In Ms. Joseph’s other books; the heroines have had careers and interests that define them as much as their relationship. In a sense their relationship was completing their lives. In Fortune, it seemed as if Kat had no life until she met Ryan. Then Ryan got to mold Kat into his perfect sub. I question any relationship serving as the end all, be all for a woman. Nor is a relationship a fix that will heal a person with real issues. Kat was definitely damaged, and my guess is she had issues from her father being a spy who came home damaged. I not only wanted see Kat heal enough to be happy in a relationship, but also grow outside her relationship. If I had seen Kat as stronger or growing to be stronger or even use her safe word once, I probably wouldn’t have taken issue with Ryan’s actions because I would have believed Kat could handle herself. Perhaps she could have embraced her job as a Russian translator or even written an English/Russian textbook. With Kat, Ms. Joseph walks a fine line between someone who is lost and someone who has psychological issues.

Fortune is a sequel to Deep in the Woods with Dave and Sophie. Although it is a sequel, you can easily read this book without having read Deep in the Woods. I intentionally didn’t read Deep in the Woods so I could determine whether I’d feel a gaping hole by not reading it first, I didn’t. I would say there’s probably one spoiler if you didn’t read the previous book, but it won't ruin the book. Dave and Sophie do appear in the book and provide incredible fodder not only in a hot M/F/F/M encounter, but also as a successful relationship counterpoint to Ryan and Kat’s burgeoning relationship. In addition, the use of Shibari did heighten sexual tension.

Origami was a really unique addition I’d never before seen used in a romance. I enjoyed them so much I’ve actually made a few origami cranes of my own. The creation of the Senbazuru highlighted the underlying theme of your fortune being built one day at a time. As did Kat’s mother being a fortune teller. Although Kat says origami is just paper, she still treasures every origami creation Ryan makes for her in a shoebox. When it matters though, she really started to believe in the power of the Senbazuru and helps Ryan make cranes. At the climax, Kat and Ryan’s interactions will tug at your heart. You can feel Ryan’s frustrations and fear of being in an impossible situation. The resolution to the climax was beautiful and truly touched me. If the book had ended there, I would have been left feeling gushy and with hope. But the epilogue left me disturbed. In it, Ryan’s need to ensure Kat knew she was his made my skin crawl. One of the things he did would have been kinky fun, the three together not so much.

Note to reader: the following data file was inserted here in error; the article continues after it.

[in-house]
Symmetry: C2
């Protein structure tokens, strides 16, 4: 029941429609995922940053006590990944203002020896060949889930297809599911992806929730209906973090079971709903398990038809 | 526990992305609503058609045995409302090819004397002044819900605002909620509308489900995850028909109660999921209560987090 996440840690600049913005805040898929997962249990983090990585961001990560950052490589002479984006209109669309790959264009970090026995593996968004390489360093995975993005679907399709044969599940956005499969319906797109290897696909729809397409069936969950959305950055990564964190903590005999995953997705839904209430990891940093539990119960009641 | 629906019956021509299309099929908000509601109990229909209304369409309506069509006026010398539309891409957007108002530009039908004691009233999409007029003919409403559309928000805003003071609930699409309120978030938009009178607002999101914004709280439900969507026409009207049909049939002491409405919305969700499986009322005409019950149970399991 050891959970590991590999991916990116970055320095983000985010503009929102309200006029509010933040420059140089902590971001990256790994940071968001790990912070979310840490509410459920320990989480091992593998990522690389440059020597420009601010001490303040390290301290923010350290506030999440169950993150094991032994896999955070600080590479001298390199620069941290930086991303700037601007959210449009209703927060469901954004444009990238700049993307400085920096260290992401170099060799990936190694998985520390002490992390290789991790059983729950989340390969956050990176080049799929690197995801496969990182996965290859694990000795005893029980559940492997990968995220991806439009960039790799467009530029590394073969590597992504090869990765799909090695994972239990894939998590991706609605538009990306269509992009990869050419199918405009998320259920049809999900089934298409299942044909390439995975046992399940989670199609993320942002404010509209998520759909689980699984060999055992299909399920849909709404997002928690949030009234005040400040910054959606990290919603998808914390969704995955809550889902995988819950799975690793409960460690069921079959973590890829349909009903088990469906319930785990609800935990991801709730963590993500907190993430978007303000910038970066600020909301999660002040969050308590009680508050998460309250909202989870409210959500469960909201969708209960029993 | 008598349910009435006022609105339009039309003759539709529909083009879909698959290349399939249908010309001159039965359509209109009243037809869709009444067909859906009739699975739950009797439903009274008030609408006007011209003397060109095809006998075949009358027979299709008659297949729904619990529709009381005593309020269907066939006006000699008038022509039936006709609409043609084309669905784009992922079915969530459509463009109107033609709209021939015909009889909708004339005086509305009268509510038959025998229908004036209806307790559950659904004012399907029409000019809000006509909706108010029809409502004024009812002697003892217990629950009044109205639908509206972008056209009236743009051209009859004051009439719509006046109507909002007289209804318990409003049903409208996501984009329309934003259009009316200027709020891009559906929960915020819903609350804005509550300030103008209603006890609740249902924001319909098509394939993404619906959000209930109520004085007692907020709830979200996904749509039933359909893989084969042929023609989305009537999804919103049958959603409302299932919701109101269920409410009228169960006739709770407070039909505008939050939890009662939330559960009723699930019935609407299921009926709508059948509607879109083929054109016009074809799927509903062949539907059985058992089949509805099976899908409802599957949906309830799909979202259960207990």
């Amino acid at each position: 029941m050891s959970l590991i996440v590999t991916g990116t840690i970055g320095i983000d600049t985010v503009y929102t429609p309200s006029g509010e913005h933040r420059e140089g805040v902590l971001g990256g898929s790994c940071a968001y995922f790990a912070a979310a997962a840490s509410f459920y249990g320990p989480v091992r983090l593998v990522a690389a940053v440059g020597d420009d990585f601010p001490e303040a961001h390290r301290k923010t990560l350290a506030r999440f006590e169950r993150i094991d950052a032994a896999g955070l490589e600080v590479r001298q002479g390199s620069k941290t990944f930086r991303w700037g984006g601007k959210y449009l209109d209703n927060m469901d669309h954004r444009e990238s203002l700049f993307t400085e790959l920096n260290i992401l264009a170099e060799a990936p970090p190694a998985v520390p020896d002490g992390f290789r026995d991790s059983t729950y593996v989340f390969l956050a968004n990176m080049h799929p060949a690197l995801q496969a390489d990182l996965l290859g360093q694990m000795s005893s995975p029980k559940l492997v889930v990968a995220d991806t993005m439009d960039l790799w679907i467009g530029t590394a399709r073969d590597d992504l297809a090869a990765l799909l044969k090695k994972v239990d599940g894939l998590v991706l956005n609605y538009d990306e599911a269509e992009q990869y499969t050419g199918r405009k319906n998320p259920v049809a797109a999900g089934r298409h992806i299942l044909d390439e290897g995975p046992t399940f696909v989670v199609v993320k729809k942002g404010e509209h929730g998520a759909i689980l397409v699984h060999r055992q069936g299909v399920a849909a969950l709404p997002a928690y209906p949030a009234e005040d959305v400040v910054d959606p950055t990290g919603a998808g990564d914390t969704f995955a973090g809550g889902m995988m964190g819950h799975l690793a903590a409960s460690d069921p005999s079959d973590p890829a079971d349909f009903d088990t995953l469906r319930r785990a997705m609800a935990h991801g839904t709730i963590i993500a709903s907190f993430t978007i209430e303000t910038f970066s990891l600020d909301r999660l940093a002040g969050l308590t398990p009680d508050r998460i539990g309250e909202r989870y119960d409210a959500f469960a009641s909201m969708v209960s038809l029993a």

I also want to acknowledge that there are contradictions in this review and in the book. In some ways I believe this book is a study of two very opposite people. Ryan is incredibly controlled with an absolute vision of where his life is going, whereas Kat is flighty with no direction or goals or even dreams. The absolute opposites make a better whole. Kat is a contrary person. She’ll often say the opposite of what she means. For example she says has no belief in Ryan making 1,000 origami cranes, but she’ll stop wearing a favorite clothing item if something bad happens while wearing it. There are other less obvious contradictions in the book, too. Ryan is a brain surgeon who probably sees more death and tragedy than most, but believes in making the Senbazuru. In addition, Ryan is a brain surgeon who tries to help Kat’s father, but doesn’t recognize the man has a problem until a major medical crisis. Kat lives in her family’s home and shares a room with younger nieces, but no one has a problem with her coming home late after clubbing and sex to share a room with the girl. I’d say this book is like a rose, and as you pull the petals off, some are better than others.

In closing, let me say that Ms. Joseph created a complex love story of two very unique individuals. Both Kat and Ryan are fully formed interesting individuals with different wants and needs. They didn’t have an instant attraction relationship or lightning bolt meeting. It was more real, slowly building one day at a time. One of more stirring moments is when Kat returns to the club she always went to and feels out of place, because she’s changed from the person who found solace there. The relationship had ups and downs, and required trust and faith from both Kat and Ryan. It was touchingly real, not something you read every day.